When the user enters complicated regular expressions, the try When a table uses a sorter, the data the users sees may be in a different order than that specified by the data model, and may not include all rows specified by the data model.

The data the user actually sees is known as the view, and has its own set of coordinates. The following example brings together the ideas discussed in this section. These include the code snippets earlier in this section, which provide a sorter for the main table, and use a text field to supply the filtering regular expression. The following screen shot shows TableFilterDemo before any sorting or filtering has been done. As with sorting, filtering can cause view coordinates to diverge from model coordinates: Here is the code that updates the status field to reflect the current selection: table.

The bold line of code sets up the combo box as the editor for a specific column. Using Other Editors Whether you are setting the editor for a single column of cells using the TableColumn setCellEditor method or for a specific type of data using the JTable setDefaultEditor method , you specify the editor using an argument that adheres to the TableCellEditor interface. Usually you do not have to explicitly specify a check box as an editor, since columns with Boolean data automatically use a check box renderer and editor.

What if you want to specify an editor other than a text field, check box, or combo box? As DefaultCellEditor does not support other types of components, you must do a little more work. You need to create a class that implements the TableCellEditor interface. The AbstractCellEditor class is a good superclass to use. The getTableCellEditorComponent method, required by TableCellEditor, should configure and return the component that you want to use as the editor.

Here is a picture of a table with a dialog that serves, indirectly, as a cell editor. When the user begins editing a cell in the Favorite Color column, a button the true cell editor appears and brings up the dialog, with which the user can choose a different color. Here is the code, taken from ColorEditor. Without this call, the editor would remain active, even though the modal dialog is no longer visible. The call to fireEditingStopped lets the table know that it can deactivate the editor, letting the cell be handled by the renderer again.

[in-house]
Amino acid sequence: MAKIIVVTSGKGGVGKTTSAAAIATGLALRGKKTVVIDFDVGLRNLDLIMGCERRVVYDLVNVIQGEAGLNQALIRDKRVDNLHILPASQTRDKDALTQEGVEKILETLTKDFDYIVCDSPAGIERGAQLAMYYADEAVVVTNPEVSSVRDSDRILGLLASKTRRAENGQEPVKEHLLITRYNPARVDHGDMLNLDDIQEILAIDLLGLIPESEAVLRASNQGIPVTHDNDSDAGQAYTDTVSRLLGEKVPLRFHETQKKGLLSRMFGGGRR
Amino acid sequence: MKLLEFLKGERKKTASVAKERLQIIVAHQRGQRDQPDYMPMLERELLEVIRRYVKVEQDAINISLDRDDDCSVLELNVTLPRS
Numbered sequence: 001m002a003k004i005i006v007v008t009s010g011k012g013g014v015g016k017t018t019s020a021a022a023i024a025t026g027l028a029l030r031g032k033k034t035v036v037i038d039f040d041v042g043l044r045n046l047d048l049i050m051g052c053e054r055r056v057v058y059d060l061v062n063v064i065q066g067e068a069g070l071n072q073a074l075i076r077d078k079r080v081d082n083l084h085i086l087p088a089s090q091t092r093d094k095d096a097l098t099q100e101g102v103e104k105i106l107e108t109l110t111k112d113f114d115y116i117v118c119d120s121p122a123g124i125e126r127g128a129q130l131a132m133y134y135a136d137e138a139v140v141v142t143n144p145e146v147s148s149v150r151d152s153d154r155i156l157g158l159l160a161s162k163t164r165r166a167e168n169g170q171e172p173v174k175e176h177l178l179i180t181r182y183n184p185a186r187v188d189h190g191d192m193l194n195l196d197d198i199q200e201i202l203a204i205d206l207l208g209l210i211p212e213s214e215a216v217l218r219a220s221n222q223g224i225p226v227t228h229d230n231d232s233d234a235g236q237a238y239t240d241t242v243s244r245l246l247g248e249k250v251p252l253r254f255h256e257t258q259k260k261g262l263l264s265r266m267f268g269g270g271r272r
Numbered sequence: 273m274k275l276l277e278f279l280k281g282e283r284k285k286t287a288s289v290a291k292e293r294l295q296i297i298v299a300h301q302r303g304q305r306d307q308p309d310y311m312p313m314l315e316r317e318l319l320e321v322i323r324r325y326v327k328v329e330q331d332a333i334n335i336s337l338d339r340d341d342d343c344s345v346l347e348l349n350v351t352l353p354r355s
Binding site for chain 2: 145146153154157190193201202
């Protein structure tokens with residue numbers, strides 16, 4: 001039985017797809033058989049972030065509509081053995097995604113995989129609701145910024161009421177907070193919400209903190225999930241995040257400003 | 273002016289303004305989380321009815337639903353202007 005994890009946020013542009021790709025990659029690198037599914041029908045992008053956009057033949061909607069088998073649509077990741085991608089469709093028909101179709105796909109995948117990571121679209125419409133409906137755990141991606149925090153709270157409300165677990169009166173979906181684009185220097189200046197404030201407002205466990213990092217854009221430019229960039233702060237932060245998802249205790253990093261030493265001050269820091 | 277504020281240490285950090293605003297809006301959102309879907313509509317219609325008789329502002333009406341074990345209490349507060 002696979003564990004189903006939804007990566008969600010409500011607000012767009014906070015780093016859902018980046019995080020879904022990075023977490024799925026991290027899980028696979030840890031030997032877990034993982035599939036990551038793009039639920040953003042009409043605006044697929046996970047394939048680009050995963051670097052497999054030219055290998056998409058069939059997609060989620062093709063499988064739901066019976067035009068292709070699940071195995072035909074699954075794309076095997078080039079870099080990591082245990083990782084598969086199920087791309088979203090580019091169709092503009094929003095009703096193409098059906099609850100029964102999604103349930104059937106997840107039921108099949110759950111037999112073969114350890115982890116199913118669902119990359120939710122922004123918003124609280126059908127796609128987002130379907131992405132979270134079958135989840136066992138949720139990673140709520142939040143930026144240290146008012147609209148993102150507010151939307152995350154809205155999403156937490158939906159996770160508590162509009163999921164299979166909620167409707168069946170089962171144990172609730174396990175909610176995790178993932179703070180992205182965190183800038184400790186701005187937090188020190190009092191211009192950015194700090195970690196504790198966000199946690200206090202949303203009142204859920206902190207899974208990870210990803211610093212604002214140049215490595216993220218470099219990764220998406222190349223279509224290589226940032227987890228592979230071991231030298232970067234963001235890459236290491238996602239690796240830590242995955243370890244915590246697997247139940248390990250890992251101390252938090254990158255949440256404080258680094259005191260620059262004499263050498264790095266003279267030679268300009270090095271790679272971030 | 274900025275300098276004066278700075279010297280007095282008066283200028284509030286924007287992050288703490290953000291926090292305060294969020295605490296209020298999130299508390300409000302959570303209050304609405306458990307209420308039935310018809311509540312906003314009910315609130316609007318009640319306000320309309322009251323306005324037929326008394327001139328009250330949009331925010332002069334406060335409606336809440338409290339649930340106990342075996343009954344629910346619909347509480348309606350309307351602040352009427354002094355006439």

The error checking is a side effect of converting the entered text into an object of the proper type. The default editor creates this instance using a constructor that takes a String as an argument. For example, in a column whose cells have type Integer, when the user types in "" the default editor creates the corresponding Integer using code equivalent to new Integer "".

If you implement a class used as a column data type, you can use the default editor if your class supplies a constructor that takes a single argument of type String. The formatted text field can check the value either continuously while the user is typing or after the user has indicated the end of typing such as by pressing Enter. The following code makes the formatted text field the editor for all columns that contain data of type Integer.